That’s not to say the 4K option is useless. For scenes with a set focus point that don’t require wide-angle coverage, it’ll likely deliver excellent results. (We haven’t seen the actual footage yet.) But there are a lot other cameras out there that record 4K without these limitations, and are still better choices than the M50 for serious videography.

Aside from the limitations when shooting 4K, the M50 looks like a solid mirrorless entry from Canon. I’m happy to see the wider focus area and faster frame rates. It’ll take some field testing to see if it’s the equal of the focus systems we’ve seen in competing models like the Sony a6300 and Fujifilm X-T20, but I expect strong performance.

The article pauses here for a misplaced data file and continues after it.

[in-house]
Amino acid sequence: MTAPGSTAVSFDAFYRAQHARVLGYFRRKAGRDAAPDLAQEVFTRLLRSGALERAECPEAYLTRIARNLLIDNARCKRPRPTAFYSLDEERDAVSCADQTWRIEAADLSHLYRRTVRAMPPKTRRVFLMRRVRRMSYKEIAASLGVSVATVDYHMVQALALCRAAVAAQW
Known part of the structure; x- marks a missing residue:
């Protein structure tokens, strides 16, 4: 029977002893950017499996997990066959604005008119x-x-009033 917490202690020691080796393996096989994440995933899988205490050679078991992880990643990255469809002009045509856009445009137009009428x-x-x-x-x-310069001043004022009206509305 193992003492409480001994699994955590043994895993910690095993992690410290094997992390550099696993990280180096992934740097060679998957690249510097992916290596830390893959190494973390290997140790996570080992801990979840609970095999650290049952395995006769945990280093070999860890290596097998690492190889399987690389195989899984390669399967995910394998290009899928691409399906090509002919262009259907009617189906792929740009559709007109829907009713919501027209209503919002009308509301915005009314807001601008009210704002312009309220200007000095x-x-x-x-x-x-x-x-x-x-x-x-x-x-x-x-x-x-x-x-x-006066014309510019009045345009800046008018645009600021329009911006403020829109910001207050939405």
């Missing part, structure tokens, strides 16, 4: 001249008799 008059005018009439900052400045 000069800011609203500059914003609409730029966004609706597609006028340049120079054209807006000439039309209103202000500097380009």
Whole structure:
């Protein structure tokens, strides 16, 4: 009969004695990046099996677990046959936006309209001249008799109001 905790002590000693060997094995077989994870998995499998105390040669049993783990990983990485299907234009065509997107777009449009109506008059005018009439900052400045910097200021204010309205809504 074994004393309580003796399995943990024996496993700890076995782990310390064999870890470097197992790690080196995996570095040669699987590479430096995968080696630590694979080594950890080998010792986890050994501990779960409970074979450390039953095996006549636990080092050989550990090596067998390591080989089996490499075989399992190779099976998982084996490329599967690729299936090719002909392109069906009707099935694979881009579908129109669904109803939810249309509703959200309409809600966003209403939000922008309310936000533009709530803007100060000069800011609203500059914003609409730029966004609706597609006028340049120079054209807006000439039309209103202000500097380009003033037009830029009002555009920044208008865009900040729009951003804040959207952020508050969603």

Lens options for the M series are still a bit limited. Canon has plenty of narrow aperture zooms, but there’s only one fast prime, and the only native macro lens is a wider-angle design. You can supplement native lenses with adapted ones, either Canon EF or EF-S lenses via an autofocus adapter, or other SLR system lenses via manual focus mechanical adapters. But I’d like to see the EF-M lens system built out a bit more. Some more f/2 primes would be very welcome, as would some wider aperture zooms.

The M50 will ship in April and we hope to have a review ready in short order. In addition to the body only option, several different kits will be available, including a bundle with the 15-45mm lens for $ 899.99, a $ 999.99 Video Creator kit and a $ 1,249 bundle with both the 15-45mm and 55-200mm lenses.